My father's words months before his death from cancer in 1997. He was captured in Tunisia, Palm Sunday 1943, and reunited Palm Sunday, 1945. Jack Refer to the map, it's a small scale of Germany with most of the prison camps. Transferred by boat "German" to Naples, Italy. After 3 weeks in Italy transferred by box car to Moosberg, Germany. Registered with the Red Cross, then after 3 weeks again put on box cars to Stalag 3B Furstenberg where we were confined until the Russians pushed within some 7 to 10 miles from the camp.

Marched from Stalag 3B towards Stalag 3A, however a small contingent was broken off and sent to a small work camp in Luckenwalde. We were there from approximately Jan 1945 to the beginning of April 1945.

During this time we, Art Rosenberg and myself, decided we would break from the column and try to get to American troops. While waiting to move out the released Russian prisoners stole our stored extra food and we had none left. At this time we took in a loner, Aid Mersfelder from Monhegan Island, Maine, who knew our plans and volunteered his food. Broke from the column on the second day, Germans thinking we were stupid and could not understand orders and gave up on us. After 2 exciting and harrowing days of freedom we came across about 10 French POWs at the side of a small intersection of country roads. Their apparent leader was a younger former policeman from Paris who approached me telling us the Americans were on this road to the left, or east. He said we had to go through these tanks and Germans, who were standing around smoking and appeared confused themselves. The Frenchman stated we walk in the center of his men, bend over and shuffle your feet, not straight up like Americans. Scary part of the whole thing, I could have touched the tanks. After a half day we got to the Elbe where we found hundreds of French POWs who had been there several days afraid to move over the levee to the river. We took Art's tee shirt and waved it and moved over to the levee, where 3 Americans came in a small private boat, took on us 3 Americans, a few British who were there, and took over the French in several trips.Ironically the day of capture was Palm Sunday 1943, back to Americans Palm Sunday 1945.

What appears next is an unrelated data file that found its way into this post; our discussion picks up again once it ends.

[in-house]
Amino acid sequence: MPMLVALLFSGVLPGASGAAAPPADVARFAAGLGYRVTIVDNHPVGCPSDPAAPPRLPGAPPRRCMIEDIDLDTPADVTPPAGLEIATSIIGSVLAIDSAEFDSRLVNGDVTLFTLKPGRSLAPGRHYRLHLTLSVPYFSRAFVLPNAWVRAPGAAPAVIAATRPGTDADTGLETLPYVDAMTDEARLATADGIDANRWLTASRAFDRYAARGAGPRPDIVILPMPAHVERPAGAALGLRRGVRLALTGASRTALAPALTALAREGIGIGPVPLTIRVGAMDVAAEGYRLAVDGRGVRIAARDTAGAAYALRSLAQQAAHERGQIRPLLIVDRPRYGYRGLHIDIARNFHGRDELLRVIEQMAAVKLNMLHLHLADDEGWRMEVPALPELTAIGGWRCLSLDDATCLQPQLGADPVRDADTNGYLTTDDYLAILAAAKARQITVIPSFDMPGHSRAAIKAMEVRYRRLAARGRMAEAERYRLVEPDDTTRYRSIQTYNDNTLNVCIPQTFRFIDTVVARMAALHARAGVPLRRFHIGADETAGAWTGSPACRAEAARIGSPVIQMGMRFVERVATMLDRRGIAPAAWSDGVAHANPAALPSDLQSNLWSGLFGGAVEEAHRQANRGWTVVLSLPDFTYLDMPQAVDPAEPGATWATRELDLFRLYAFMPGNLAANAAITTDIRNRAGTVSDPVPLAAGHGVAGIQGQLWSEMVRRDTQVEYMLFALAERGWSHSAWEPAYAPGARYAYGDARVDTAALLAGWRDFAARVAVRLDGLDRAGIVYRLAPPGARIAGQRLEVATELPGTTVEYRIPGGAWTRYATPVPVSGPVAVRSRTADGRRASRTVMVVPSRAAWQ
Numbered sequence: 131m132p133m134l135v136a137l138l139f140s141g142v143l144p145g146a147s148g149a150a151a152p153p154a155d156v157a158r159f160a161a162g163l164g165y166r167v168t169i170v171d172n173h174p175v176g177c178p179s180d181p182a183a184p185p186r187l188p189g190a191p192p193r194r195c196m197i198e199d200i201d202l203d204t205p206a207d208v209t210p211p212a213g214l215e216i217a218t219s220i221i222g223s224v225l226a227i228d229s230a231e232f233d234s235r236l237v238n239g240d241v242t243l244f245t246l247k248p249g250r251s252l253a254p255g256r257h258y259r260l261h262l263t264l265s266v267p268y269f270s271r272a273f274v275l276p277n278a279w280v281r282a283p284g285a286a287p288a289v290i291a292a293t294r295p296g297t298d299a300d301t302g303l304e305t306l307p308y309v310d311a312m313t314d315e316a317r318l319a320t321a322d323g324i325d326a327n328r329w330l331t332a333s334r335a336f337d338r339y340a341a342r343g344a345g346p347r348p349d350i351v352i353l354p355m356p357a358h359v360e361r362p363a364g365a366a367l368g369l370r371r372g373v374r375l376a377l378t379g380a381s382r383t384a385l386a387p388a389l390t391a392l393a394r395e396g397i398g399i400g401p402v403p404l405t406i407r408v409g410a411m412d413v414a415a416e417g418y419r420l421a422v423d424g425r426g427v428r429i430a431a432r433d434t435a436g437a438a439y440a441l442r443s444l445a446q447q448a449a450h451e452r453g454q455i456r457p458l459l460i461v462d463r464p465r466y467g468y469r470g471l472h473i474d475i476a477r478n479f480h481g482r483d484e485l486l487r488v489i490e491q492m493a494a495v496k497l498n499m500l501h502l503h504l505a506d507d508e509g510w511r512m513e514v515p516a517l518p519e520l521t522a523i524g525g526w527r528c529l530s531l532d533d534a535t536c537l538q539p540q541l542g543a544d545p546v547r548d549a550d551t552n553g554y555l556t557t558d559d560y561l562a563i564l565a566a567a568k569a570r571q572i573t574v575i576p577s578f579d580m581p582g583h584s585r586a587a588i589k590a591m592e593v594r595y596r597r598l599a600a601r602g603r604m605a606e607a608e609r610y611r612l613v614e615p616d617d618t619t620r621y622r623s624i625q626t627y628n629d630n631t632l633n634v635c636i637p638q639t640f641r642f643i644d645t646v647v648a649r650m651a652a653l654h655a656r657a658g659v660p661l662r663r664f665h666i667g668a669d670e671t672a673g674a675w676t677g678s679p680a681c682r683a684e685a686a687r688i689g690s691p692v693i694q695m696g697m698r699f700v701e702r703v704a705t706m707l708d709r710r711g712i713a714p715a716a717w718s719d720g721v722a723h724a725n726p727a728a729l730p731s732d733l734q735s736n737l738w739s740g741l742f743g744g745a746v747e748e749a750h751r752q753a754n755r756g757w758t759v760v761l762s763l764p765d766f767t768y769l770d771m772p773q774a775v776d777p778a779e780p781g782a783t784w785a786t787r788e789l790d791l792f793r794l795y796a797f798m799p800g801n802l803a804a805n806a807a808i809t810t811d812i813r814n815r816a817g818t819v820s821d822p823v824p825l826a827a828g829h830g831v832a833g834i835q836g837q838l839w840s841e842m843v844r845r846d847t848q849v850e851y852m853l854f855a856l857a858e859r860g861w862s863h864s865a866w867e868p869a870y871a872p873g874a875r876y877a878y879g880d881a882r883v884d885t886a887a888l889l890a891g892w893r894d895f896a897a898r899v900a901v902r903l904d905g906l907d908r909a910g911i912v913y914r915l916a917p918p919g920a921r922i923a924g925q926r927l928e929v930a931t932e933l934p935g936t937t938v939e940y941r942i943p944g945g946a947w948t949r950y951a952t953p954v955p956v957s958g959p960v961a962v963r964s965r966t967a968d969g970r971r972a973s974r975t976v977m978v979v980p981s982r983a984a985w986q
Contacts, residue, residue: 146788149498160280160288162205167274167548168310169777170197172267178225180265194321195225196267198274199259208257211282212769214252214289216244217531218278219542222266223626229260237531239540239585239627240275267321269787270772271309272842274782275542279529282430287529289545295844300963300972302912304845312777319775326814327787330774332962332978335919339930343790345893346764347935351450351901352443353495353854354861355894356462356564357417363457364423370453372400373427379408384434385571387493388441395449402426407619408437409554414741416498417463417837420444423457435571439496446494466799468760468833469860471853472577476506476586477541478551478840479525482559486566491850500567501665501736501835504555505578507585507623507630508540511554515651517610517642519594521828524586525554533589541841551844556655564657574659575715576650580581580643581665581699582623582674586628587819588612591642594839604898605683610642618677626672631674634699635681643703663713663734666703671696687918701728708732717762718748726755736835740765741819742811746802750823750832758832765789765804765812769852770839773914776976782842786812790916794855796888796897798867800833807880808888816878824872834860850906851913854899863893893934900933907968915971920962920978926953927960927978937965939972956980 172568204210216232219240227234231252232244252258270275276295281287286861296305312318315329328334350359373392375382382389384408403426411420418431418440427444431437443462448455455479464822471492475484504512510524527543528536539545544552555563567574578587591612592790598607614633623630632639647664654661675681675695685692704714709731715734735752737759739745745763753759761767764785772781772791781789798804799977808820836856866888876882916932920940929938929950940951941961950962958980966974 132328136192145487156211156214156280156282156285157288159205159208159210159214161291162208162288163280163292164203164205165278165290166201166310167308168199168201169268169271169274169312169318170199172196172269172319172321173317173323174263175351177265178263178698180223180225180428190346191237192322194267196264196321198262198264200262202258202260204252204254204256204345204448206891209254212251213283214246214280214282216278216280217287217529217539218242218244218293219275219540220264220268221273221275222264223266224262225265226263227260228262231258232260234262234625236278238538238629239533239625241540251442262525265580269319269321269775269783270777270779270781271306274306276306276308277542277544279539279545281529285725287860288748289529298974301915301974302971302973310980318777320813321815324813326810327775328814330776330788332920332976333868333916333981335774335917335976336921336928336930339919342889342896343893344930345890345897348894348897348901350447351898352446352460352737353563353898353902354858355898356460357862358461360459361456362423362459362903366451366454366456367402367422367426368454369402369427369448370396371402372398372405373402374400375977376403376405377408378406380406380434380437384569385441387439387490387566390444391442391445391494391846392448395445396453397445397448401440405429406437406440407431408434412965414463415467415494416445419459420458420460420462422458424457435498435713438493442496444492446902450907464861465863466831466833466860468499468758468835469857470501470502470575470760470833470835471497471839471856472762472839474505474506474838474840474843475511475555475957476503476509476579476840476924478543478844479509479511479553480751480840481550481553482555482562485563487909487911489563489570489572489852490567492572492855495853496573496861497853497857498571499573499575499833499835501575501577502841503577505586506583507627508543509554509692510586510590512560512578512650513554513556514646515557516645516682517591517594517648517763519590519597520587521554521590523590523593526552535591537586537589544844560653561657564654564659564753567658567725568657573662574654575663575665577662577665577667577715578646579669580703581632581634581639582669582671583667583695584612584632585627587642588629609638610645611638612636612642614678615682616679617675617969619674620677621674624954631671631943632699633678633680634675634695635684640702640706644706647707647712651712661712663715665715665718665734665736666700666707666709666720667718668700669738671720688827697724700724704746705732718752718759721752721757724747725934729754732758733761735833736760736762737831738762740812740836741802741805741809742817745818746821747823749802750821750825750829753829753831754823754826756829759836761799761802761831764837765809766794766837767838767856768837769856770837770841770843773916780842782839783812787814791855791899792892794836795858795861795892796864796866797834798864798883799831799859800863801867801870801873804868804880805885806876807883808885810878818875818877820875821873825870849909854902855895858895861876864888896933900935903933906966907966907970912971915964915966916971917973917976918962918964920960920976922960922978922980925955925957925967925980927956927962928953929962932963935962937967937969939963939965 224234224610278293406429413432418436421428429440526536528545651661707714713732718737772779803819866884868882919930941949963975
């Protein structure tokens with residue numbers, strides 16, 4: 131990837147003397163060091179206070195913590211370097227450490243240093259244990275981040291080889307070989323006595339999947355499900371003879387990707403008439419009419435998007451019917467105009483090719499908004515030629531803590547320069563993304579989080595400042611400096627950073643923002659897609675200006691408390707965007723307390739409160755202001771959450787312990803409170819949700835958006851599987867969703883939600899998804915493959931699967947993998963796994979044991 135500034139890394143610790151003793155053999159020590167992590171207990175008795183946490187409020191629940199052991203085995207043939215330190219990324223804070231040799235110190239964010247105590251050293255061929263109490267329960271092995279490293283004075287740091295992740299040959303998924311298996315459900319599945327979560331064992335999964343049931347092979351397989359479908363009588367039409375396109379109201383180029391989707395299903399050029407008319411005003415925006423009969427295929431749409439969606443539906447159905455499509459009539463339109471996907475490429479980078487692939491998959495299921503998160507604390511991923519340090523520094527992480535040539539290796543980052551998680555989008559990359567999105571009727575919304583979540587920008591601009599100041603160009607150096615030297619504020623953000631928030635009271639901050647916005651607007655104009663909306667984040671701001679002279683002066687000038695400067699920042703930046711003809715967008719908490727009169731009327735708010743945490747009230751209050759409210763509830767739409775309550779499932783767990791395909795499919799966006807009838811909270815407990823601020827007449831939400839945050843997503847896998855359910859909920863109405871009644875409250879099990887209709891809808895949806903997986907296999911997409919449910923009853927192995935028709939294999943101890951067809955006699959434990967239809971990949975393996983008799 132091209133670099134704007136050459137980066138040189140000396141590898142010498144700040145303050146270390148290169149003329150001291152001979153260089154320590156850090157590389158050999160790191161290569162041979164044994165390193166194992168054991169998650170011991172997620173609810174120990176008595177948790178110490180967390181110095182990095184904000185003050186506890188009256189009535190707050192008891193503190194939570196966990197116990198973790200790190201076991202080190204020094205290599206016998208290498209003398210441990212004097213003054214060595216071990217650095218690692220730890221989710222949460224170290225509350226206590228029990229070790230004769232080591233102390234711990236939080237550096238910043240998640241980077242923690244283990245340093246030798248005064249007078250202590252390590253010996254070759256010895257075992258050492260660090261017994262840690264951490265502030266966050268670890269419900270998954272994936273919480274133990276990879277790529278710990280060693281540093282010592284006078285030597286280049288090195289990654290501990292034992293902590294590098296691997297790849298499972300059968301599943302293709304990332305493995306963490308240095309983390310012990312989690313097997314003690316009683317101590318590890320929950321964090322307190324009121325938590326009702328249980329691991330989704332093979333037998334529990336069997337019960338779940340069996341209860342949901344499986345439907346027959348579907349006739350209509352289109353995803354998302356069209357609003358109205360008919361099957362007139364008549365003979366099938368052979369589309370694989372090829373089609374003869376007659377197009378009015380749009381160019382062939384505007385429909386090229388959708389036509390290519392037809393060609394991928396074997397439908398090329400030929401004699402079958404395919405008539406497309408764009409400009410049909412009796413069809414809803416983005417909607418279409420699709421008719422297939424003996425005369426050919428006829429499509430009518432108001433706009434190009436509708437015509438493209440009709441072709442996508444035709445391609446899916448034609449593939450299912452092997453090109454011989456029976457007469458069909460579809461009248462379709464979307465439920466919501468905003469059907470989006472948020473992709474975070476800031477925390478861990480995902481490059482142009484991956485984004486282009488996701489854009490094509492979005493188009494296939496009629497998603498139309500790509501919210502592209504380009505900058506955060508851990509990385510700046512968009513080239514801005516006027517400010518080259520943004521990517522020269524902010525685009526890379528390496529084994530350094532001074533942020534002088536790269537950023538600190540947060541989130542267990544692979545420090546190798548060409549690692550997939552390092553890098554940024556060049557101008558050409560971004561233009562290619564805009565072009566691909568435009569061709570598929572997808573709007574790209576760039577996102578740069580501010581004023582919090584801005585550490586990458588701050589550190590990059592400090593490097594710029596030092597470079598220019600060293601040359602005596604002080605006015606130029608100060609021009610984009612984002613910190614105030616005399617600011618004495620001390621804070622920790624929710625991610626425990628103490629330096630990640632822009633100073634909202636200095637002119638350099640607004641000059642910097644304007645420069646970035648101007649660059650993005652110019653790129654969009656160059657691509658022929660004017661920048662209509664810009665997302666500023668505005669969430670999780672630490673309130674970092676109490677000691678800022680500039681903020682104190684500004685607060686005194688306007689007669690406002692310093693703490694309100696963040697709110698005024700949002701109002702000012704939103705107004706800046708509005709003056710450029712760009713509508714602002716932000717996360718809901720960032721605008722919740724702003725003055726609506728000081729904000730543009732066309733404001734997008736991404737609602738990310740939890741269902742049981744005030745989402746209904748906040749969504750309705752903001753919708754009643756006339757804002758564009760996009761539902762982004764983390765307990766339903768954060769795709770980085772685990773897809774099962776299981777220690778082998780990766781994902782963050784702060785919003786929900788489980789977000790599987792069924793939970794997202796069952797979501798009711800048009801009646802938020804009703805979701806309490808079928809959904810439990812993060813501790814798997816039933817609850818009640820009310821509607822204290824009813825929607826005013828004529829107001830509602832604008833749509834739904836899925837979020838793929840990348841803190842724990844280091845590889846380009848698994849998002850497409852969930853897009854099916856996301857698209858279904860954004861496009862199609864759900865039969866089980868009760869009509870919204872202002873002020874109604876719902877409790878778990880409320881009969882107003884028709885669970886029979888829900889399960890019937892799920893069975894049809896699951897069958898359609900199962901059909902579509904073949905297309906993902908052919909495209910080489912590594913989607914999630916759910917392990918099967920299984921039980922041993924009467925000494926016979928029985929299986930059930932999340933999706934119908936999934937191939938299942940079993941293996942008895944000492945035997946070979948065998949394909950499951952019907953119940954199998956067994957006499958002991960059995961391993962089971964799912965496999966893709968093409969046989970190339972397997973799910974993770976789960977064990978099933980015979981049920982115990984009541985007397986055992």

Flt.Sgt. Leonard William Zingelmann .     Royal Australian Air Force 103 Squadron   from Boonah, Ipswich, Queenstown)

(d.6th June 1944)